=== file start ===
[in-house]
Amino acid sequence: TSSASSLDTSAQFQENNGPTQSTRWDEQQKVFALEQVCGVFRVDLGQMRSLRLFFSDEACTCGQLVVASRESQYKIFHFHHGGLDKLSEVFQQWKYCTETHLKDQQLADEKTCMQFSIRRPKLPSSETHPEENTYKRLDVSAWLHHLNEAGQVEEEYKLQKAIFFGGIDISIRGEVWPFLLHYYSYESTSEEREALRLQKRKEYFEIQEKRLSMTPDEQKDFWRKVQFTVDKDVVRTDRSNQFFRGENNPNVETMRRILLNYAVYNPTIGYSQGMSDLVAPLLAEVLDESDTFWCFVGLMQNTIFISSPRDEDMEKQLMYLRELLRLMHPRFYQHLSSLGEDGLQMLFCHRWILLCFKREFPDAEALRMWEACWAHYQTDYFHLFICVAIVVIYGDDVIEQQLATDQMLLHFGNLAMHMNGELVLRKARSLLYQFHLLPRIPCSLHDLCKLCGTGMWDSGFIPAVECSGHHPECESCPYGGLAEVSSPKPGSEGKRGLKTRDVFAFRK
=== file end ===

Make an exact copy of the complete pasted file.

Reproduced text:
[in-house]
Amino acid sequence: TSSASSLDTSAQFQENNGPTQSTRWDEQQKVFALEQVCGVFRVDLGQMRSLRLFFSDEACTCGQLVVASRESQYKIFHFHHGGLDKLSEVFQQWKYCTETHLKDQQLADEKTCMQFSIRRPKLPSSETHPEENTYKRLDVSAWLHHLNEAGQVEEEYKLQKAIFFGGIDISIRGEVWPFLLHYYSYESTSEEREALRLQKRKEYFEIQEKRLSMTPDEQKDFWRKVQFTVDKDVVRTDRSNQFFRGENNPNVETMRRILLNYAVYNPTIGYSQGMSDLVAPLLAEVLDESDTFWCFVGLMQNTIFISSPRDEDMEKQLMYLRELLRLMHPRFYQHLSSLGEDGLQMLFCHRWILLCFKREFPDAEALRMWEACWAHYQTDYFHLFICVAIVVIYGDDVIEQQLATDQMLLHFGNLAMHMNGELVLRKARSLLYQFHLLPRIPCSLHDLCKLCGTGMWDSGFIPAVECSGHHPECESCPYGGLAEVSSPKPGSEGKRGLKTRDVFAFRK